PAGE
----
latent mutation

From: Ray Recchia (
Date: Sat 03 May 2003 - 13:34:36 GMT

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    I'm reading "Darwin's Cathedral" by David Sloan Wilson and I have a general evolution question. Suppose a species initially evolves under circumstances where there is an advantage to having a drab grey color to provide circumstances. Then suppose circumstances change so that spot provide more of an advantage. Over time the species evolves an elaborate biochemical mechanism for spots that allows the species to survive effectively in this new environment. Next suppose the environment changes back so that drab grey is now more effective. Organisms can go back to drab without unevolving the entire mechanism for spots. Instead they can just have point mutations that disable the spots. Then if the environment changes again so that spots are better, instead of re-evolving the whole spot system again, all that is necessary is that a few individuals lose the point mutations preventing spots from being expressed. This means that spots can reappear much more quickly the second time than they did the first time.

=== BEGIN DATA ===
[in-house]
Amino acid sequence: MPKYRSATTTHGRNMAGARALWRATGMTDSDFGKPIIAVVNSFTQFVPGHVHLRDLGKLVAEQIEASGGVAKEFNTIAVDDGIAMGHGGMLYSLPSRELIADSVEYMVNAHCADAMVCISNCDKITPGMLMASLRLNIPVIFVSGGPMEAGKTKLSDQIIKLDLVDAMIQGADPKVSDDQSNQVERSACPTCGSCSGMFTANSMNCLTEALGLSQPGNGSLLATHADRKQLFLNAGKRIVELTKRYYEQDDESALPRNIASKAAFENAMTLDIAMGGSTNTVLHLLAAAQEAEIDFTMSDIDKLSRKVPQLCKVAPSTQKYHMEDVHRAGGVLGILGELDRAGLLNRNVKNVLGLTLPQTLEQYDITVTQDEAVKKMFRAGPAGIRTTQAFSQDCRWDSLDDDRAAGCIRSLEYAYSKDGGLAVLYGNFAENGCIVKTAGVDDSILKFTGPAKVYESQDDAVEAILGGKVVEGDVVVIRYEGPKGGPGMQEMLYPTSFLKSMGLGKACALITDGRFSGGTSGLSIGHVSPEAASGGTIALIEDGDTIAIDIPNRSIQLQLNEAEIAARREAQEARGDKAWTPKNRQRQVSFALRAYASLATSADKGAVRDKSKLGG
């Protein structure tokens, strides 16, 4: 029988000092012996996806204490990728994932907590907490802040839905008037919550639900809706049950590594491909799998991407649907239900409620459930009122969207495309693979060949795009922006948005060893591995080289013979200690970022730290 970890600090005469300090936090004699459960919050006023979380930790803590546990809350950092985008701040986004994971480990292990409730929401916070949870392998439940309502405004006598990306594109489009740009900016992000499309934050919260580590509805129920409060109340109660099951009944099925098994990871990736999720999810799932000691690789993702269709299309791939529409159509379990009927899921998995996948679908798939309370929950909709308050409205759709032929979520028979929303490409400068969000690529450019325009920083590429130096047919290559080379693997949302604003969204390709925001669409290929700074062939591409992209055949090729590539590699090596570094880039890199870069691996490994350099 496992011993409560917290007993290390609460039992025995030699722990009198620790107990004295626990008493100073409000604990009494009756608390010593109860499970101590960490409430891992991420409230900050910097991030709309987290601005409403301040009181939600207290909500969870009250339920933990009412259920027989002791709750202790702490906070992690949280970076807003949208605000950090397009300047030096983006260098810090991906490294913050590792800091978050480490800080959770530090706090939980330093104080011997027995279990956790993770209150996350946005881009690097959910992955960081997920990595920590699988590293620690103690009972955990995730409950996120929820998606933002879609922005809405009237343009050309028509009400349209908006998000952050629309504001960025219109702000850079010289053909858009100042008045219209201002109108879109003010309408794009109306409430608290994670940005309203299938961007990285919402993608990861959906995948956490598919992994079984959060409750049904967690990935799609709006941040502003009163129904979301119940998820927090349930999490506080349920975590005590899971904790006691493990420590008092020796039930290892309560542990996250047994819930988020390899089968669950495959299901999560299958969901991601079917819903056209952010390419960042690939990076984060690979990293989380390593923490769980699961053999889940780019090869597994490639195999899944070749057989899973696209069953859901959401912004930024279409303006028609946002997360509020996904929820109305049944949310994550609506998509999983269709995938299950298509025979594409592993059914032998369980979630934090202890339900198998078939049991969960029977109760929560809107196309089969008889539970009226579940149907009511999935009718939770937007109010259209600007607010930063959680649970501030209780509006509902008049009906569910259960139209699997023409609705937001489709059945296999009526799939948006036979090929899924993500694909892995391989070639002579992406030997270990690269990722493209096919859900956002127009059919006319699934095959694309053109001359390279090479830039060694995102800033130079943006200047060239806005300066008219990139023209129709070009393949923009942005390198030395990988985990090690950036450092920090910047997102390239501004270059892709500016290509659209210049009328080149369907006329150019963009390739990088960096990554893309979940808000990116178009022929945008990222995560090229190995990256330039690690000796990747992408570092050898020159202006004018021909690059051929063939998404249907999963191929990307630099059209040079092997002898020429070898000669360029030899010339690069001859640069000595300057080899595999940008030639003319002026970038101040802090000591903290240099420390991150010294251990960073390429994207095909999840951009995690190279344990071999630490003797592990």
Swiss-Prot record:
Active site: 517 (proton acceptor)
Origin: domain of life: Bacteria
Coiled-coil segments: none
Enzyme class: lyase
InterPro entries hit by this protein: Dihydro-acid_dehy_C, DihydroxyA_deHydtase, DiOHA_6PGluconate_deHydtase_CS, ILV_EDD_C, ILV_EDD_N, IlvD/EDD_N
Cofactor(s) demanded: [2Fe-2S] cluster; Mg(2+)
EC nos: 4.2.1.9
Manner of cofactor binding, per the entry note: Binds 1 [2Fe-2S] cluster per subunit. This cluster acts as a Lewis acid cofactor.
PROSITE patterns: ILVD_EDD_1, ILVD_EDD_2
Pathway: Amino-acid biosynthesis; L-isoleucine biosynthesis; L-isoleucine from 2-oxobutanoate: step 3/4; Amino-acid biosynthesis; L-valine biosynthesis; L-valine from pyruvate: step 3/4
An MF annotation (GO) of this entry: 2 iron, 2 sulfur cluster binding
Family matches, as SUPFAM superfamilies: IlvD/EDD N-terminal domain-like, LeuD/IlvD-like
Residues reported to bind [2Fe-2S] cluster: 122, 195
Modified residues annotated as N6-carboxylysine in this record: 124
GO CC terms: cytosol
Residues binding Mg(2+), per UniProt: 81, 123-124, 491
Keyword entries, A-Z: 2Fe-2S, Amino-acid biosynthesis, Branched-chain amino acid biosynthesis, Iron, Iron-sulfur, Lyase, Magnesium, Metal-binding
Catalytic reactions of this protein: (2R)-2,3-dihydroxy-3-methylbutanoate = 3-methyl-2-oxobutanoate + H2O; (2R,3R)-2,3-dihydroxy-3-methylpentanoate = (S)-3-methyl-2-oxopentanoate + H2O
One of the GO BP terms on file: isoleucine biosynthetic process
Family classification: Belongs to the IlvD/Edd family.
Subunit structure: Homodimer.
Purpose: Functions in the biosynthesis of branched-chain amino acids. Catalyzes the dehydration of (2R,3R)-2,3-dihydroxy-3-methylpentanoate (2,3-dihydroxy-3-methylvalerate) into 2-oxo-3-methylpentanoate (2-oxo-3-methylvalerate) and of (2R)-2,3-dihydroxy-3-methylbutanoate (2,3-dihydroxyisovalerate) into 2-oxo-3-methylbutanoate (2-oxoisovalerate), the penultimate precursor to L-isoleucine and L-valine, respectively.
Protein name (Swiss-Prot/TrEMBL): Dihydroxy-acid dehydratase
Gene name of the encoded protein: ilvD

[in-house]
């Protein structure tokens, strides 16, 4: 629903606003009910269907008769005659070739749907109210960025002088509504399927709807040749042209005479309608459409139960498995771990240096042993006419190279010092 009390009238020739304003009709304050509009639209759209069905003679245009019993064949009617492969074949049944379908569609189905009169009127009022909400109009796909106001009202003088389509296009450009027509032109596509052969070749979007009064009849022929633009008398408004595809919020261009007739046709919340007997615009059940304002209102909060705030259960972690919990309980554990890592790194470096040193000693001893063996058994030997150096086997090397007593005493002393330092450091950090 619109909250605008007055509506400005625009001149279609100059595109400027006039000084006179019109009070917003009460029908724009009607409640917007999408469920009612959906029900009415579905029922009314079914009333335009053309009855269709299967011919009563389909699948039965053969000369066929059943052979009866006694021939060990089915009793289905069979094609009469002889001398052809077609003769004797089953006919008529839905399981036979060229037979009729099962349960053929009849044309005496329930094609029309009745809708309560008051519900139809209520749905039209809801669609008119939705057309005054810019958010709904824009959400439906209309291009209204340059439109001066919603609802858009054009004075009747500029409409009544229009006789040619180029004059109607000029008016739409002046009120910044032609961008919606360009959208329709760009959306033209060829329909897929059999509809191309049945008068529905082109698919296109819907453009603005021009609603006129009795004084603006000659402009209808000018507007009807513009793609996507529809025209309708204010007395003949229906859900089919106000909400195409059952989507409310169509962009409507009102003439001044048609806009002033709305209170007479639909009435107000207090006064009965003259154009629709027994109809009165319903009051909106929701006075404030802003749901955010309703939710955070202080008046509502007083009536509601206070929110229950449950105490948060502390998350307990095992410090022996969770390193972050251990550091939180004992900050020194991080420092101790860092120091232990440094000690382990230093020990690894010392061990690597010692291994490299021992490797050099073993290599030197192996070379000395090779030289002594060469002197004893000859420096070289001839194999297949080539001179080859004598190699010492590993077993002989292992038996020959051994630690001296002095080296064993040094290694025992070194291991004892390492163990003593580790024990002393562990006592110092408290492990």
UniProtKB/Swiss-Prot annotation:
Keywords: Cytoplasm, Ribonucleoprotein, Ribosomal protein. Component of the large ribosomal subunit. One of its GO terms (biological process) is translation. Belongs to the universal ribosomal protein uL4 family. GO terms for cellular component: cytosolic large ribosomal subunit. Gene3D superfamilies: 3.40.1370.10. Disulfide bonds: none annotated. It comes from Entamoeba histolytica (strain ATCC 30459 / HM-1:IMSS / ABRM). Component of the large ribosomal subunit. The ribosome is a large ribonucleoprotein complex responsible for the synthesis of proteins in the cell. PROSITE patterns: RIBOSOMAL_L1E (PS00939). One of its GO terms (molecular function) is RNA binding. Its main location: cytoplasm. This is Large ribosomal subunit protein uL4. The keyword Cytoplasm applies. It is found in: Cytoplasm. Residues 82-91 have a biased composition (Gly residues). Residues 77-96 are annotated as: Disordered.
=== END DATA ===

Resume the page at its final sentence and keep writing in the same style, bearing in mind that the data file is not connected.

So my question is, are there any real examples of this occurring in nature? Is there a term that is used to describe this phenomenon?

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